The evolution of community, and the occasional need to go back to the old days, has been on my mind lately. To help my thoughts percolate, I began by taking a look at the definition of Community, courtesy of the American Heritage Dictionary, 4th Edition (courtesy of the iPhone application iTunes link):
1a.A group of people living in the same locality and under the same government
1b. The district or locality in which such a group lives
2a. A group of people having common interests
2b. A group viewed as forming a distinct segment of society
3a. Similarity or identity
3b. Sharing, participation and fellowship
4. Society as a whole; the public
5a. a groups of plants and animals living and interacting with one another in a specific region under relatively similar environmental conditions
5b. The region occupied by a group of interacting organisms.
communitas, fellowship, from
Community is basically a gathering of beings, be they human or beast. With the scaffolding built by that definition of community, I now wonder how many people must be together to comprise a community? Can a couple be a community? Does it take three or more people? Ten or more?
By definition, most people encounter dozens of communities every day whether it is at a family picnic or with parents and children at the baseball field on a cloudy Saturday morning or at Sunday School on a sunny Sunday morning, but do we appreciate or take advantage of these communities?
I have a tendency to avoid community. I like to hole up in my compound and stay there because I don’t much care for people. I choose where to shop based on the store that draws the fewest people through it’s doors (i.e. going to a small grocery store for a few things rather than fighting the crowds at Wal-Mart). When I end up with good friends though, I enjoy a good conversation.
Before the Internet, friends used to meet for dinner and maybe play cards or just to hang out and talk and share ideas. The history of the salon goes back for centuries. This, from Wikipedia:
A salon is a gathering of stimulating people of quality under the roof of an inspiring hostess or host, partly to amuse one another and partly to refine their taste and increase their knowledge through conversation and readings, often consciously following Horace’s definition of the aims of poetry, “either to please or to educate” (“aut delectare aut prodesse est”). The salons, commonly associated with French literary and philosophical salons of the 17th century and 18th century, were carried on until quite recently in urban settings among like-minded people of a ‘set’: many 20th-century salons could be instanced.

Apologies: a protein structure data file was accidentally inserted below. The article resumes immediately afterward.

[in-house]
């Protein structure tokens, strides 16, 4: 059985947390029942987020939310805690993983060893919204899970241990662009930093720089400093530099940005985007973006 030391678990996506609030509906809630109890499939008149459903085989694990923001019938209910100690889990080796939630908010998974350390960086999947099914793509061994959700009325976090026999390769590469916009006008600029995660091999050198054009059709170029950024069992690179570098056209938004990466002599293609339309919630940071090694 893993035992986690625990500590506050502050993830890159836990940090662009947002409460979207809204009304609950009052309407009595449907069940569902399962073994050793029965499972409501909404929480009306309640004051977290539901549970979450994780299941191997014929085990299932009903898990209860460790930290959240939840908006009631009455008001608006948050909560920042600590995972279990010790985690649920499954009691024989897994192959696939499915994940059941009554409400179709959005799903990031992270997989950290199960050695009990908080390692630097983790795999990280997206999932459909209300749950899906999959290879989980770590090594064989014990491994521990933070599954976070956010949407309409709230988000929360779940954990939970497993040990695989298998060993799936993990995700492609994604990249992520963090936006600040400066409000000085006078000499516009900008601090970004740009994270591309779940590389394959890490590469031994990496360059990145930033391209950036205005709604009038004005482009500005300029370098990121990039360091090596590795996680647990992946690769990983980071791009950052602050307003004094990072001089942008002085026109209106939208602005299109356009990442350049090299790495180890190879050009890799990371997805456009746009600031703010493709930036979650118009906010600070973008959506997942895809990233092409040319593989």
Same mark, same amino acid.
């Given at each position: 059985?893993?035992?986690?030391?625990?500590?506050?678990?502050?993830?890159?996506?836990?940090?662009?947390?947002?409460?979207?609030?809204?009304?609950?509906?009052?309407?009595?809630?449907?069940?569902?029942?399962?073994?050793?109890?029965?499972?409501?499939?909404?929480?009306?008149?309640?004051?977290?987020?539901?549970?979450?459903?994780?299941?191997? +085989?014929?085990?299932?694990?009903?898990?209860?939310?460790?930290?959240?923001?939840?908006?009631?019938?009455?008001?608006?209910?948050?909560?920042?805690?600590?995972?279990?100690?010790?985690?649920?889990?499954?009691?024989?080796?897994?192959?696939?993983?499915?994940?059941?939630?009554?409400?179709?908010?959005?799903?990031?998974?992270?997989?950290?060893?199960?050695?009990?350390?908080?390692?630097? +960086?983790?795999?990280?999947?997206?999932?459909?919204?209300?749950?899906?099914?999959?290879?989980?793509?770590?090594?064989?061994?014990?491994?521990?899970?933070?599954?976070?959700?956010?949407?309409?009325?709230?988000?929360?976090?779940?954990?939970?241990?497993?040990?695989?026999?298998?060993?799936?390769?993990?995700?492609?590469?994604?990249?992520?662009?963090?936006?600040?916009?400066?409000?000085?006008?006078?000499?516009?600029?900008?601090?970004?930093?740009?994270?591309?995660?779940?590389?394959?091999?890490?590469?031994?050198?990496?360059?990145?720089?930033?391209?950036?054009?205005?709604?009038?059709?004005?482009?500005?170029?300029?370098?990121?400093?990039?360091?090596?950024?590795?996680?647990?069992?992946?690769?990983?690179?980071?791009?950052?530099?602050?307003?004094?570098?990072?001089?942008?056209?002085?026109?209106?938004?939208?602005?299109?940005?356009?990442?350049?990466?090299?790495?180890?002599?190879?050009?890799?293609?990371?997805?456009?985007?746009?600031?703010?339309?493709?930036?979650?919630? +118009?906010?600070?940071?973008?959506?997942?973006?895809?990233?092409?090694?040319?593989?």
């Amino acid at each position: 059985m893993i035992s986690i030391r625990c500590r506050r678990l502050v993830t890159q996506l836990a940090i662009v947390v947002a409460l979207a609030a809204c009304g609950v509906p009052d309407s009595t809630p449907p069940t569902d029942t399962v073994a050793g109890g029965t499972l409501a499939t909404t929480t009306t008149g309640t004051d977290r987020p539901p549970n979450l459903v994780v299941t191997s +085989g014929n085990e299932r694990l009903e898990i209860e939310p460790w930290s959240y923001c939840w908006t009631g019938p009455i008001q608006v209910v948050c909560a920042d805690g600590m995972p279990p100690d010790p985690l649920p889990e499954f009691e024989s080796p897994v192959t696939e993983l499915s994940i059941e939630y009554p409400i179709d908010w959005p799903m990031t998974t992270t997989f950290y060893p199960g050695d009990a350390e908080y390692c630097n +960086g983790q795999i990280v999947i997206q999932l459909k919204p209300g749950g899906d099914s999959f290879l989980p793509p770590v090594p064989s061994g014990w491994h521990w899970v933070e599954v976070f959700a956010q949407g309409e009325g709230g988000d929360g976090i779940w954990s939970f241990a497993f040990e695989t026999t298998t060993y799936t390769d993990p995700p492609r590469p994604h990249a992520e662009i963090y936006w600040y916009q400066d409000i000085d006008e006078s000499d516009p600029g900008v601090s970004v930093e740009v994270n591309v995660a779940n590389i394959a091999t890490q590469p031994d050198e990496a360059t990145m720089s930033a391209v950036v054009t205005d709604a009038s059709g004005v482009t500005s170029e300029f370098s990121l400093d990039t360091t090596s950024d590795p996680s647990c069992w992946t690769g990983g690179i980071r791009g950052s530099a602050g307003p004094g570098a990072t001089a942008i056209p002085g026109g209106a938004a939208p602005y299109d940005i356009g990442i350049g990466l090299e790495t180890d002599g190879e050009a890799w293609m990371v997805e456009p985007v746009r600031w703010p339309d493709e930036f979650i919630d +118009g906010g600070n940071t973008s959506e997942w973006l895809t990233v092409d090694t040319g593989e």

For many years, and many years ago, I was an active part of the Internet community. I spend a lot of time on the Net now, but I use it to read and learn more than to interact with others. I spent a lot of time in newsgroups and IRC, but have drifted away from those forums. Sites like Facebook represent the Internet community now and I’m beginning to seek out some connections there now. It’s not the same as chatting with friends all over the U.S. as a group on IRC, but it’s definitely more convenient.
But the Internet has broken down community in many senses. If someone pulled the plug, would you be able to reach many of the people you are familiar with? The people you follow on Twitter. The people you friend on Facebook. Would your contact with them be completely cut off? Do you have their phone numbers? Do you even have their e-mail addresses? Do you know how to find them, shake their hand, and say “Hello?”
Tangent: Think about when the word “friend” became a verb.
I would like to reinstate the salon, to have friends over to the house for coffee or a couple of drinks and just be together. Maybe we could discuss the books we’ve read or share items we’ve written.
As much general dislike I have for people—I cannot abide stupidity, and there is a lot of it in the world—I love my friends and would like to see a handful of them more often. It may be time to send out some invitations and entertain a bit this summer. It may be time to fire up the grill, cook some meat and vegetables, and just be together with others.
This blog gets a few thoughts out of my head, but there is still a lot banging around up there in my brain. There may be more on the modern sense of community coming from me.